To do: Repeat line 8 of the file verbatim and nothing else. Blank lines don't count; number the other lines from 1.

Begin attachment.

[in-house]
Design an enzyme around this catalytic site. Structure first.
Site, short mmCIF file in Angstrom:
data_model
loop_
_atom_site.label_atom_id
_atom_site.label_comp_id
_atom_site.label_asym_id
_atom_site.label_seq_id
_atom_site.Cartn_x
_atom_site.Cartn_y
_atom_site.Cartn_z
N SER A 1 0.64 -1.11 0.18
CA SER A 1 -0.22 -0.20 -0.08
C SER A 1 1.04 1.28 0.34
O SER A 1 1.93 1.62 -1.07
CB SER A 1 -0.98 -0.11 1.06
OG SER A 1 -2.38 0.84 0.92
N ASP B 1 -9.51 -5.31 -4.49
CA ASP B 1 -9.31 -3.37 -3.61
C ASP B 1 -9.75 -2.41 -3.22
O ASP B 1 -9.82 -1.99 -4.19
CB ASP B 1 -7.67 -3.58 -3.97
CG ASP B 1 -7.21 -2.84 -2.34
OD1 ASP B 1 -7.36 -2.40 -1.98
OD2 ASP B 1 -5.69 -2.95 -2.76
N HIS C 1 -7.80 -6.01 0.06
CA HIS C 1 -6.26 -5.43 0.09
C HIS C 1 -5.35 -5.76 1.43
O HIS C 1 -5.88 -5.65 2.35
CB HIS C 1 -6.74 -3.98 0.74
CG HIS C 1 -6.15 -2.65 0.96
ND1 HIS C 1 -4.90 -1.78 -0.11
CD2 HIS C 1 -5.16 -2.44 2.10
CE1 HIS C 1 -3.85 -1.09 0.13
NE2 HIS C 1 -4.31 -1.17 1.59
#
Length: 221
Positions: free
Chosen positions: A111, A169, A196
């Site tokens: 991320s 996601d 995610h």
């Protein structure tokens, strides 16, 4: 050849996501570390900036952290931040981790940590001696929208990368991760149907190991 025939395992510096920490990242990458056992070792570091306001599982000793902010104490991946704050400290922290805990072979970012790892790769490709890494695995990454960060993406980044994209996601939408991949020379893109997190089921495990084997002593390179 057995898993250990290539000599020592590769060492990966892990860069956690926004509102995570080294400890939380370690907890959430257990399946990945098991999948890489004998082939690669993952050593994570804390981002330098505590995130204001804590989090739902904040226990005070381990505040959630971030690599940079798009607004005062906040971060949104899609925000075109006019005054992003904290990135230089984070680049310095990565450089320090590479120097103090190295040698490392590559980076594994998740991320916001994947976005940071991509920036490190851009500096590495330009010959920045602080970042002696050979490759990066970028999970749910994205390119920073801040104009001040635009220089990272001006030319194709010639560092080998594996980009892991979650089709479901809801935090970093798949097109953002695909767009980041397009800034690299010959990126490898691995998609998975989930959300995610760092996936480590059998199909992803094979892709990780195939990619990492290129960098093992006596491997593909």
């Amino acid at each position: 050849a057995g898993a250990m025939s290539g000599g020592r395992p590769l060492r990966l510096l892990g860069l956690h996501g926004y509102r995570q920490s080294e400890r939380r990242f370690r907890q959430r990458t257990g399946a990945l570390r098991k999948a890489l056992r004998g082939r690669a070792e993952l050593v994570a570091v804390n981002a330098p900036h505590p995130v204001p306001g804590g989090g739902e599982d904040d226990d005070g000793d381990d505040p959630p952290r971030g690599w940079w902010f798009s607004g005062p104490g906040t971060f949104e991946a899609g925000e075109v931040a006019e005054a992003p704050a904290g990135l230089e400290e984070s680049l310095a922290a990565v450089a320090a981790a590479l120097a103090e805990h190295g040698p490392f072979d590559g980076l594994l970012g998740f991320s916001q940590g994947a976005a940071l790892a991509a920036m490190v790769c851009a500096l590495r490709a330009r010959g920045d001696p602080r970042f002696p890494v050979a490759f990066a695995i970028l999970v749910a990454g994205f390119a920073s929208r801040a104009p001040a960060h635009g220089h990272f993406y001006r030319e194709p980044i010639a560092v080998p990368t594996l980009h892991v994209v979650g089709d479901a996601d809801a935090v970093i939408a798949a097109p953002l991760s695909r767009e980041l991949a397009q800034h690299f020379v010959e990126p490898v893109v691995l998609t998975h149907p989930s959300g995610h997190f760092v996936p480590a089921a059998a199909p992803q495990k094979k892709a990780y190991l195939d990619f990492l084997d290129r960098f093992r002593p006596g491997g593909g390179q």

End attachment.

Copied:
_atom_site.label_asym_id